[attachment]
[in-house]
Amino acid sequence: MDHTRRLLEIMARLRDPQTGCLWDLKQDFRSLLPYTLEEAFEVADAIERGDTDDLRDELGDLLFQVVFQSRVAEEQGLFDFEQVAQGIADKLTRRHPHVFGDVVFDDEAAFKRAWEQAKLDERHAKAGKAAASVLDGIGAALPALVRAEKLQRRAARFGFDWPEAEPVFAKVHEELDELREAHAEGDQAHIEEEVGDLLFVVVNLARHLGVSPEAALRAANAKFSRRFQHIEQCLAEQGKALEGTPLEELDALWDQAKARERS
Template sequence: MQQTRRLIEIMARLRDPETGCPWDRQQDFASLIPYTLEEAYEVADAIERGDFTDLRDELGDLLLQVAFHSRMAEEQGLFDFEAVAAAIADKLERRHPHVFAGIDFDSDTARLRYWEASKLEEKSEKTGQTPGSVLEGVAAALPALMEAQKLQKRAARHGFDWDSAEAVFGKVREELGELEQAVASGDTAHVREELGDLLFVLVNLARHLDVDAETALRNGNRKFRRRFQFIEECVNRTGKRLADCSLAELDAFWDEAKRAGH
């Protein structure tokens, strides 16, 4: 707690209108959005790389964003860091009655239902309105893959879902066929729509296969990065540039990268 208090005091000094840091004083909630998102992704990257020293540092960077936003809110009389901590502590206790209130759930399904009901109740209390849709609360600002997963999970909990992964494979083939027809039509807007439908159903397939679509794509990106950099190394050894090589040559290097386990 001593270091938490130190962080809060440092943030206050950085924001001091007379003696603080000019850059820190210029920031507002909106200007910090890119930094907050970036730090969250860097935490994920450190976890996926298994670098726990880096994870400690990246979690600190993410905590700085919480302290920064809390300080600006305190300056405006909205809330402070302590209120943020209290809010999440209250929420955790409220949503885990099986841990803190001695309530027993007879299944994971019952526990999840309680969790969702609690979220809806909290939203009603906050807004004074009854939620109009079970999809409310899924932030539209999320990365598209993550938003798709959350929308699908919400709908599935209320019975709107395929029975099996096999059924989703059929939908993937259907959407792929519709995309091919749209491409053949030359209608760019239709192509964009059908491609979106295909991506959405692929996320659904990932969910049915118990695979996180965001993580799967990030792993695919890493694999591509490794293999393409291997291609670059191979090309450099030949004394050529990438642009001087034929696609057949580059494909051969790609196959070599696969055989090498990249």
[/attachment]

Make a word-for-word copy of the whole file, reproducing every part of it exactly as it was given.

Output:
[in-house]
Amino acid sequence: MDHTRRLLEIMARLRDPQTGCLWDLKQDFRSLLPYTLEEAFEVADAIERGDTDDLRDELGDLLFQVVFQSRVAEEQGLFDFEQVAQGIADKLTRRHPHVFGDVVFDDEAAFKRAWEQAKLDERHAKAGKAAASVLDGIGAALPALVRAEKLQRRAARFGFDWPEAEPVFAKVHEELDELREAHAEGDQAHIEEEVGDLLFVVVNLARHLGVSPEAALRAANAKFSRRFQHIEQCLAEQGKALEGTPLEELDALWDQAKARERS
Template sequence: MQQTRRLIEIMARLRDPETGCPWDRQQDFASLIPYTLEEAYEVADAIERGDFTDLRDELGDLLLQVAFHSRMAEEQGLFDFEAVAAAIADKLERRHPHVFAGIDFDSDTARLRYWEASKLEEKSEKTGQTPGSVLEGVAAALPALMEAQKLQKRAARHGFDWDSAEAVFGKVREELGELEQAVASGDTAHVREELGDLLFVLVNLARHLDVDAETALRNGNRKFRRRFQFIEECVNRTGKRLADCSLAELDAFWDEAKRAGH
């Protein structure tokens, strides 16, 4: 707690209108959005790389964003860091009655239902309105893959879902066929729509296969990065540039990268 208090005091000094840091004083909630998102992704990257020293540092960077936003809110009389901590502590206790209130759930399904009901109740209390849709609360600002997963999970909990992964494979083939027809039509807007439908159903397939679509794509990106950099190394050894090589040559290097386990 001593270091938490130190962080809060440092943030206050950085924001001091007379003696603080000019850059820190210029920031507002909106200007910090890119930094907050970036730090969250860097935490994920450190976890996926298994670098726990880096994870400690990246979690600190993410905590700085919480302290920064809390300080600006305190300056405006909205809330402070302590209120943020209290809010999440209250929420955790409220949503885990099986841990803190001695309530027993007879299944994971019952526990999840309680969790969702609690979220809806909290939203009603906050807004004074009854939620109009079970999809409310899924932030539209999320990365598209993550938003798709959350929308699908919400709908599935209320019975709107395929029975099996096999059924989703059929939908993937259907959407792929519709995309091919749209491409053949030359209608760019239709192509964009059908491609979106295909991506959405692929996320659904990932969910049915118990695979996180965001993580799967990030792993695919890493694999591509490794293999393409291997291609670059191979090309450099030949004394050529990438642009001087034929696609057949580059494909051969790609196959070599696969055989090498990249």